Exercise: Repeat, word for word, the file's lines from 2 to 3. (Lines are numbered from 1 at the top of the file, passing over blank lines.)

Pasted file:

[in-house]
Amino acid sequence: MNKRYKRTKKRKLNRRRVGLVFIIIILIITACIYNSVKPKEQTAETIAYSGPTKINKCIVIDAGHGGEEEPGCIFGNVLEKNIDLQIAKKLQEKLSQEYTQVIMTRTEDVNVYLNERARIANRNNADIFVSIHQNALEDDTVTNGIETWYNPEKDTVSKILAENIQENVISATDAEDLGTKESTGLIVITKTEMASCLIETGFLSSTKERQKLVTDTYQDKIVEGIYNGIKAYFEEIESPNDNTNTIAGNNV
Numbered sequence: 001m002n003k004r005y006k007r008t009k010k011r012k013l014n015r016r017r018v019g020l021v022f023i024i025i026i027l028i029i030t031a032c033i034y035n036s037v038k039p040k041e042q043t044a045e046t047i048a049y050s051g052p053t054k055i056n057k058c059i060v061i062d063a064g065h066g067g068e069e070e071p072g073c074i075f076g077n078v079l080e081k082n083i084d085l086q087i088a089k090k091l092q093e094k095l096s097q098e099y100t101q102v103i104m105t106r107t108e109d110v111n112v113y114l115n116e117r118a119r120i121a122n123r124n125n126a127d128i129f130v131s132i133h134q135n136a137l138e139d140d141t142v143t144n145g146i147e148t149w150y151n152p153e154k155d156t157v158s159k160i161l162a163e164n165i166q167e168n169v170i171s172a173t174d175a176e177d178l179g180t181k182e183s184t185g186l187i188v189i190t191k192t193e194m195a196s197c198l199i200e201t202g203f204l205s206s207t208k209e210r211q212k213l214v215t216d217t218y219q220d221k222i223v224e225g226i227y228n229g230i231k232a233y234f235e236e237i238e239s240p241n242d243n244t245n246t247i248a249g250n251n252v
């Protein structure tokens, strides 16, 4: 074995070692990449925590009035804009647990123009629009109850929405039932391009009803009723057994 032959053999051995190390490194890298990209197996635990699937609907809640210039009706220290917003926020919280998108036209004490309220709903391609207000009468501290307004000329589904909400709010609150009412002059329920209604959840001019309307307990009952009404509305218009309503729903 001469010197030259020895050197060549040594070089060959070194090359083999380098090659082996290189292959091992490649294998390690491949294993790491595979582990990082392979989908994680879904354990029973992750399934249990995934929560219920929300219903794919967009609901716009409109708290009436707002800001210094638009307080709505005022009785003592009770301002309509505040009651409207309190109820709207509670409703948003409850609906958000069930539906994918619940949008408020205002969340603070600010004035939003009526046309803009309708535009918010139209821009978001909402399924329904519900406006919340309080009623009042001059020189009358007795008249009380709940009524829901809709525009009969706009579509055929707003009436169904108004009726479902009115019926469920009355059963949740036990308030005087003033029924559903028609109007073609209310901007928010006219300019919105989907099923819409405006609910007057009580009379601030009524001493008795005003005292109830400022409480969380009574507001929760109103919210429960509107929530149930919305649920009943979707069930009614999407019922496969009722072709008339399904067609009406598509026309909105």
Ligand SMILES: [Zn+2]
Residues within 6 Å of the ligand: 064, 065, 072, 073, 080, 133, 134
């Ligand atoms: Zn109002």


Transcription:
Amino acid sequence: MNKRYKRTKKRKLNRRRVGLVFIIIILIITACIYNSVKPKEQTAETIAYSGPTKINKCIVIDAGHGGEEEPGCIFGNVLEKNIDLQIAKKLQEKLSQEYTQVIMTRTEDVNVYLNERARIANRNNADIFVSIHQNALEDDTVTNGIETWYNPEKDTVSKILAENIQENVISATDAEDLGTKESTGLIVITKTEMASCLIETGFLSSTKERQKLVTDTYQDKIVEGIYNGIKAYFEEIESPNDNTNTIAGNNV
Numbered sequence: 001m002n003k004r005y006k007r008t009k010k011r012k013l014n015r016r017r018v019g020l021v022f023i024i025i026i027l028i029i030t031a032c033i034y035n036s037v038k039p040k041e042q043t044a045e046t047i048a049y050s051g052p053t054k055i056n057k058c059i060v061i062d063a064g065h066g067g068e069e070e071p072g073c074i075f076g077n078v079l080e081k082n083i084d085l086q087i088a089k090k091l092q093e094k095l096s097q098e099y100t101q102v103i104m105t106r107t108e109d110v111n112v113y114l115n116e117r118a119r120i121a122n123r124n125n126a127d128i129f130v131s132i133h134q135n136a137l138e139d140d141t142v143t144n145g146i147e148t149w150y151n152p153e154k155d156t157v158s159k160i161l162a163e164n165i166q167e168n169v170i171s172a173t174d175a176e177d178l179g180t181k182e183s184t185g186l187i188v189i190t191k192t193e194m195a196s197c198l199i200e201t202g203f204l205s206s207t208k209e210r211q212k213l214v215t216d217t218y219q220d221k222i223v224e225g226i227y228n229g230i231k232a233y234f235e236e237i238e239s240p241n242d243n244t245n246t247i248a249g250n251n252v